Given the date of the site, a 17th or early 18th-century date seemed most likely. Garry Stone knew that a William Nuthead had printed at St. Mary’s. Seeking more information, I call our historian Lois Green Carr who confirmed it saying “Yes, he was William Nuthead” and he came to Maryland around 1685 and died in 1695. The next question was do any of the documents he printed still survive? Lois said she believed there were some and would make an inquiry to the State Archivist Edward Papenfuse. Papenfuse confirmed that there were some believed to be Nuthead’s work, and he invited me to come up to the archives with the type so a comparison could be made.
The first document Papenfuse pulled out was a Tobacco note. That is a colonial “IOU” to pay someone in tobacco and this one is dated 31 August 1685. It is attributed to the press of William Nuthead.
A Tobacco Note dated 1685 believed to be printed by William Nuthead (Maryland State Archives)
The capital “M” were the target letters and the image below shows a letter identical to the archaeological specimen. In it, the word “Mer-chantable” begins with a capital letter that has one upper serif missing. The printed letter is the reverse of the actual type face due to the printing process but I have reversed it here for a better comparison. Also on the “V” section of the letter, the line forming it on the serif side is fatter while the line on the opposite side is thinner. The style matches and the size is identical. This confirmed that the printer of the document used the same type face as the Van Sweringen letter and increased the possibility of it being from the press of William Nuthead. Other legal forms dating to this period at the Archives and also believed to be from Nuthead’s press show a similar letter. So a solid link between the archaeological find and the documents was made.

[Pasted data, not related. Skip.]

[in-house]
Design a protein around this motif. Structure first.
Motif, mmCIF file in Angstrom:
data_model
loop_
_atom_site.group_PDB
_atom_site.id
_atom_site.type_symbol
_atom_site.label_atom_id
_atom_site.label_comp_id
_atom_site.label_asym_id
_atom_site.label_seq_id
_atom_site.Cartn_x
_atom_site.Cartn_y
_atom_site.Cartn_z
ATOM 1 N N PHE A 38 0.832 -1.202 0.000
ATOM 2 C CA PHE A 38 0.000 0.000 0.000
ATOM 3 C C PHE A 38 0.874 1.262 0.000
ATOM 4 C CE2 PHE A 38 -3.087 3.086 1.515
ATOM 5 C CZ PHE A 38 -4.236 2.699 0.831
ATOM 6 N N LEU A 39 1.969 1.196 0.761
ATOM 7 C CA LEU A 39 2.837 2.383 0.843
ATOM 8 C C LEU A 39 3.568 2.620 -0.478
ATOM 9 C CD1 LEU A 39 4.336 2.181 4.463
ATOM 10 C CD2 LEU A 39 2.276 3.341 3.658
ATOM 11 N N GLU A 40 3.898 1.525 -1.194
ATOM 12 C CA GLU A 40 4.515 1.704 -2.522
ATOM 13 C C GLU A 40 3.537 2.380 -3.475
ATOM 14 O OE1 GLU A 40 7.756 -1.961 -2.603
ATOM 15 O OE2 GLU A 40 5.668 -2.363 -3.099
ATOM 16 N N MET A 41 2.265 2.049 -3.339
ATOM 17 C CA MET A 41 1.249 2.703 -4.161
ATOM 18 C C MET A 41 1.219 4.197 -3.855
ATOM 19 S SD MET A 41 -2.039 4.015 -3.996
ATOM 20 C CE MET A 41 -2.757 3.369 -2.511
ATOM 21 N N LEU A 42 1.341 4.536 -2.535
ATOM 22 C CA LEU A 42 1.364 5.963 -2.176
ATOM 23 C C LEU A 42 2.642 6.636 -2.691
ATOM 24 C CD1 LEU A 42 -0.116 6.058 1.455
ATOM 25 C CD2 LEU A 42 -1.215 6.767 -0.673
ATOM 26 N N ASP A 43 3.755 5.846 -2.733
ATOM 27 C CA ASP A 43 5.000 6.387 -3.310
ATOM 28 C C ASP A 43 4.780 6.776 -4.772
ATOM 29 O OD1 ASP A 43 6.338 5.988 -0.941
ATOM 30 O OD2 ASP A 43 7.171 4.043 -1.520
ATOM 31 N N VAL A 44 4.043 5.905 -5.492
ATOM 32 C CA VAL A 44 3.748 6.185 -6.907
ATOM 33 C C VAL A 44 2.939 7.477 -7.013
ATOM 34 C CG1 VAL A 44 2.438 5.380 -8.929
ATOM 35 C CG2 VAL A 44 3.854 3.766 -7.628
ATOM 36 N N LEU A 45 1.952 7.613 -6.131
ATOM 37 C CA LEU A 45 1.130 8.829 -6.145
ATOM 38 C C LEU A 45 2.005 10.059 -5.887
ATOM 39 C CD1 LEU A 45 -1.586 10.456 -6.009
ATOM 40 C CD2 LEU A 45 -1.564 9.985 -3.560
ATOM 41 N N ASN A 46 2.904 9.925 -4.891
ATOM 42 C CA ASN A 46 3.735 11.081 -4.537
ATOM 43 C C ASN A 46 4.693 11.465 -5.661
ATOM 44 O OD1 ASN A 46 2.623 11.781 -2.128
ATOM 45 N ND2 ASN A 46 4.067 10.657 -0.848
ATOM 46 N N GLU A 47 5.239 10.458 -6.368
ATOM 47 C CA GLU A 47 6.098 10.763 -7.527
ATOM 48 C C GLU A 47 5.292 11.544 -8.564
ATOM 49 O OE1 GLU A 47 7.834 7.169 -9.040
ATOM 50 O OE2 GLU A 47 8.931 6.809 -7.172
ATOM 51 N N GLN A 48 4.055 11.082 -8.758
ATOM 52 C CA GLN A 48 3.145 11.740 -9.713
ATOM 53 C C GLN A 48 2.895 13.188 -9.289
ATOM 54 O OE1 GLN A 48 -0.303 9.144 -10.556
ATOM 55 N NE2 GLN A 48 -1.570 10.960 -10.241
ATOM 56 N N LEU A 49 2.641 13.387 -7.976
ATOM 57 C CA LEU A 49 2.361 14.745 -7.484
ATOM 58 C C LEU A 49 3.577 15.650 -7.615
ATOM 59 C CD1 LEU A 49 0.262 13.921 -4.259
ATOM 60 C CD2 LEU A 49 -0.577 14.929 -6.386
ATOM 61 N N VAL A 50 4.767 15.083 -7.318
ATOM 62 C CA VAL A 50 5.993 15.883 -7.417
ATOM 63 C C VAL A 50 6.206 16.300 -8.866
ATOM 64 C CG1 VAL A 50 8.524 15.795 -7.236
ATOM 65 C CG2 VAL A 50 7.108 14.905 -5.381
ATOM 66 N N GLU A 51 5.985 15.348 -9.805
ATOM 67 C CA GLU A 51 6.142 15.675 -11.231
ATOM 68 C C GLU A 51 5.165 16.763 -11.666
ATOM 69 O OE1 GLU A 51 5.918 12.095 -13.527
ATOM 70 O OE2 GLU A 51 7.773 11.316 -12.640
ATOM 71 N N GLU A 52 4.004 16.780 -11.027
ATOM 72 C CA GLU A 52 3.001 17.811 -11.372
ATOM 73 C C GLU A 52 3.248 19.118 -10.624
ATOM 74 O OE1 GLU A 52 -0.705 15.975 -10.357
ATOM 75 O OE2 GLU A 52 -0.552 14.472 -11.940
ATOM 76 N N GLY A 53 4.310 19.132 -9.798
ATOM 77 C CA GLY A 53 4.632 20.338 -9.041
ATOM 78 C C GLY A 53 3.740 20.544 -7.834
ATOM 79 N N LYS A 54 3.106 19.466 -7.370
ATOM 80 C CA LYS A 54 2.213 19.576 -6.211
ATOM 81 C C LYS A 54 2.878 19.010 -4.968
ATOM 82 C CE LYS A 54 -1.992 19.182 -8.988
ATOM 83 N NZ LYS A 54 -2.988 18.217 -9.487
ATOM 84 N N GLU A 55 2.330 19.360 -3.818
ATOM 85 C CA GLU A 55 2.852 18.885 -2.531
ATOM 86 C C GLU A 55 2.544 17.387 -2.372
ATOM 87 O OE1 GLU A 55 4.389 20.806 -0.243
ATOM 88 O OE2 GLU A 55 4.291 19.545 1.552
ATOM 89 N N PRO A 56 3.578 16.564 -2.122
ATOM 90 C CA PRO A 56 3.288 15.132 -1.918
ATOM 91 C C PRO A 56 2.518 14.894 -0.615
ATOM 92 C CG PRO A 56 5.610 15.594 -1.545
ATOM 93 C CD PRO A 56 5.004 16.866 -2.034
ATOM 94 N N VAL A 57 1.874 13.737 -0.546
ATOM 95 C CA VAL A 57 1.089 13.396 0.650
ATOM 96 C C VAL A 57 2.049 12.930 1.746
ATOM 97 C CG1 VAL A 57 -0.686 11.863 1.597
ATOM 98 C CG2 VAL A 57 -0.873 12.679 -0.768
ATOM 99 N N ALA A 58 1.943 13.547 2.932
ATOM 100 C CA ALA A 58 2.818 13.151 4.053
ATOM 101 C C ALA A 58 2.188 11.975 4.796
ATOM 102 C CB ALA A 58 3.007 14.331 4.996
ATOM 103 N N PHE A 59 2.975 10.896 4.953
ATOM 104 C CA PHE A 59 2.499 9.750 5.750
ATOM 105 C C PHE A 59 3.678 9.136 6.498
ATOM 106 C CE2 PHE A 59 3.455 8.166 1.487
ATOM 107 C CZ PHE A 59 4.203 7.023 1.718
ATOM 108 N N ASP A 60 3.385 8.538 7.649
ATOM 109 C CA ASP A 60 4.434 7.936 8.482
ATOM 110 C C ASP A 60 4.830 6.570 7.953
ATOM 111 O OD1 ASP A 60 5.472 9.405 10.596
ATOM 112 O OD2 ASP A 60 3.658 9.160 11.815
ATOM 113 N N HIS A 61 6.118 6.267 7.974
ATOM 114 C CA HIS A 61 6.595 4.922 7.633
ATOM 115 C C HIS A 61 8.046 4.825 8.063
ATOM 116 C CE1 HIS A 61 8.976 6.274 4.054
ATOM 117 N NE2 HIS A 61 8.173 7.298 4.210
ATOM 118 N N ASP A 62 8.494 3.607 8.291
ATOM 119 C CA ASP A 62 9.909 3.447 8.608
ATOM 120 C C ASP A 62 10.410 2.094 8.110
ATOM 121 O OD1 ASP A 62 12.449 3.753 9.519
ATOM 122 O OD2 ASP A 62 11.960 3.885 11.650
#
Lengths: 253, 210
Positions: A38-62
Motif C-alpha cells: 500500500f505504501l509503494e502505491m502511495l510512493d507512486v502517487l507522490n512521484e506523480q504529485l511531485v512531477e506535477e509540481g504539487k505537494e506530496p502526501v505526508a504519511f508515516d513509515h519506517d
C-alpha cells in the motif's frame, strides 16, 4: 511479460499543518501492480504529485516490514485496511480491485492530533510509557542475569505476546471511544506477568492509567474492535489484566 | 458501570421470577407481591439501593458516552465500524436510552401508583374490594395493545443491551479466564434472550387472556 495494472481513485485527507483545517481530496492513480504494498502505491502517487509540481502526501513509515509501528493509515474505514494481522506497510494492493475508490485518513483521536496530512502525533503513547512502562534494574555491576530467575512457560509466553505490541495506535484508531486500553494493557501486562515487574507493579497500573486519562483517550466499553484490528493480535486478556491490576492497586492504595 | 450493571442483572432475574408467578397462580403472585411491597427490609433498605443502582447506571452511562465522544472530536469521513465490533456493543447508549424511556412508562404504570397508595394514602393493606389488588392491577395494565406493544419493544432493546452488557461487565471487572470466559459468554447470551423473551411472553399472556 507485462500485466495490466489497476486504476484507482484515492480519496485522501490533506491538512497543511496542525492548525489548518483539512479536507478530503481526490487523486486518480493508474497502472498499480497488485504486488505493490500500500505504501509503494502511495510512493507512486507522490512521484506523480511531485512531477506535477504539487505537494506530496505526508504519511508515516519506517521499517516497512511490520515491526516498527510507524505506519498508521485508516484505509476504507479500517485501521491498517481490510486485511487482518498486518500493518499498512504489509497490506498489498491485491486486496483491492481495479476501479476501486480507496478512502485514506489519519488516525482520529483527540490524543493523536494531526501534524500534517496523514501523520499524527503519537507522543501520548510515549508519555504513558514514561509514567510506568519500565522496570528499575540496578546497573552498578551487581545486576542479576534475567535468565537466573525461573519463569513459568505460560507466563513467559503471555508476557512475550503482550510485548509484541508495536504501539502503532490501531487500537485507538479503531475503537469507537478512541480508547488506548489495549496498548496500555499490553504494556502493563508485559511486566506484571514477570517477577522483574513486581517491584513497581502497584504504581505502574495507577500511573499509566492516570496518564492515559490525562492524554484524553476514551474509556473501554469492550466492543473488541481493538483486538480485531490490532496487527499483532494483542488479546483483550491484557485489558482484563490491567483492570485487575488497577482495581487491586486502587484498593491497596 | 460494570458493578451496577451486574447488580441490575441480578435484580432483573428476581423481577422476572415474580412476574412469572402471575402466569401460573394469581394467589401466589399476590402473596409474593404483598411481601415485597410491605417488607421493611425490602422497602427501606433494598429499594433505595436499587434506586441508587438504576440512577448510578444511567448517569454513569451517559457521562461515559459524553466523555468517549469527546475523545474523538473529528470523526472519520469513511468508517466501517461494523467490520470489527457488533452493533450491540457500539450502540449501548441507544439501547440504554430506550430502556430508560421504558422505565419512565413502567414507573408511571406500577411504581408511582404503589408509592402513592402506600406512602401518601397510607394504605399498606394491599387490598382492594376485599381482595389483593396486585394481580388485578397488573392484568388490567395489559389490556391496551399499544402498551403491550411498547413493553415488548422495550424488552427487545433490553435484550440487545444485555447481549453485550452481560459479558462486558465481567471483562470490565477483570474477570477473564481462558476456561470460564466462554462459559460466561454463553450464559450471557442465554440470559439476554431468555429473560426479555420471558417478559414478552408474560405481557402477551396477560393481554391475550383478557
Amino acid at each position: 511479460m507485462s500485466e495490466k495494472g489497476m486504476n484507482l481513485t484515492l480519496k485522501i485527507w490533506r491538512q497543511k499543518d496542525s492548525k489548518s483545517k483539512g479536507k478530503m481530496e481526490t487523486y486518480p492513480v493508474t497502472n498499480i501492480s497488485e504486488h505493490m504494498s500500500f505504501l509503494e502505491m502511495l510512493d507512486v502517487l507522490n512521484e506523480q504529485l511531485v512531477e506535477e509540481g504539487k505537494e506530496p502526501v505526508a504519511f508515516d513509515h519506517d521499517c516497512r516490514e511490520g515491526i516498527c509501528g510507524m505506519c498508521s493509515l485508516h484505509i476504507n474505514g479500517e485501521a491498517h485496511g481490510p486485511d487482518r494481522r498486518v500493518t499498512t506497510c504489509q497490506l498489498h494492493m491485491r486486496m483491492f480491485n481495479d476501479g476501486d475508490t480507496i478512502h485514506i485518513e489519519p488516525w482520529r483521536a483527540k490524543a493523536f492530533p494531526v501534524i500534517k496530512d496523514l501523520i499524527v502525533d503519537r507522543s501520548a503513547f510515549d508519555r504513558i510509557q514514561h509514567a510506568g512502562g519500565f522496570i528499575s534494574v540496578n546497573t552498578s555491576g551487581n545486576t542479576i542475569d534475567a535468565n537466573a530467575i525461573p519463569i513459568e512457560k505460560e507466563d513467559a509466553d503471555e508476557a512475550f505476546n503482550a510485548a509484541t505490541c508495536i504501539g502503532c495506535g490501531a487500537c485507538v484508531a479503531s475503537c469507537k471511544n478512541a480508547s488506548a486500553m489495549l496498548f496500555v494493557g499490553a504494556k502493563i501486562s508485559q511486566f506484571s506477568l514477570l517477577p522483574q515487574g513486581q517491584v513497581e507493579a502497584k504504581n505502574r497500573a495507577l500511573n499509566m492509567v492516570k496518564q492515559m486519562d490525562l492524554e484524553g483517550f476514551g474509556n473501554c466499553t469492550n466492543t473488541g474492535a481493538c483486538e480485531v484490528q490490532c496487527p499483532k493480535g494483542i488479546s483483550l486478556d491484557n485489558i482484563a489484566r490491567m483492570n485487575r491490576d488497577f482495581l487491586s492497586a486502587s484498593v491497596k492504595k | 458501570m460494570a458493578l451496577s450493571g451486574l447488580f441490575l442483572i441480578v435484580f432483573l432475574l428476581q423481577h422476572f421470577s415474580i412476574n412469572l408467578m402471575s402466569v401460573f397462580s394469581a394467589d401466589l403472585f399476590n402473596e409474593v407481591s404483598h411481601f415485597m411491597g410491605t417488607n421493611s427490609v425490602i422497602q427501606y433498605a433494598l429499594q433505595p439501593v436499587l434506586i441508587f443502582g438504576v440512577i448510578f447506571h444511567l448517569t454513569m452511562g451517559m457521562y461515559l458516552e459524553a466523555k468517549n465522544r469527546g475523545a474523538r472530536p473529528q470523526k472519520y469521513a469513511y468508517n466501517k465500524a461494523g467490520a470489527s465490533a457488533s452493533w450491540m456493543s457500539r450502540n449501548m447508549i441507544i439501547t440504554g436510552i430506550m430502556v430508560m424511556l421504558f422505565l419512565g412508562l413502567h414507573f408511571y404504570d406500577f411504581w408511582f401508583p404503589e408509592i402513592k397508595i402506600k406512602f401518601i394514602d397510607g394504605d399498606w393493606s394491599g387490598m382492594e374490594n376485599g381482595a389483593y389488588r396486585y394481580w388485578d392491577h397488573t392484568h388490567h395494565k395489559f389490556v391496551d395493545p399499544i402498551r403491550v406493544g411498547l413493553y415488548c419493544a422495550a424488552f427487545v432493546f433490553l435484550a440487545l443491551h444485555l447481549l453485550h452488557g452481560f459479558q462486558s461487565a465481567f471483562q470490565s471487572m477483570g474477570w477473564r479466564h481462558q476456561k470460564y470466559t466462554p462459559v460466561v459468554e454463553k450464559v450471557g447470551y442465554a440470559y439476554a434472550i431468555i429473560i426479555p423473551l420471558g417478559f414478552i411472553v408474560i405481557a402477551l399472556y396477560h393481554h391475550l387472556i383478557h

Closeup of the Tobacco Note and the piece of Type. Note that the type image has been reversed to allow a more direct comparison with the printed letter.
But can we link it directly to Nuthead? Comparing the letter to something that is an undisputable product of William Nuthead is necessary. Fortunately, there is one such document. His most significant publication is The Address of the Protestant Associators after the rebellion of 1689 that overthrew Baltimore’s government. The victorious rebels had Nuthead print a formal statement to be sent to the King and Queen and distributed both in Maryland and England. The single surviving copy is in the British National Archives. The overall document is shown first, followed by a closeup of the bottom part.
The Address of the Protestant Rebels to the King 1689 (British National Archives)
The lower section of the Address showing it was printed at St. Mary’s City in 1689 when William Nuthead was the only printer in Maryland.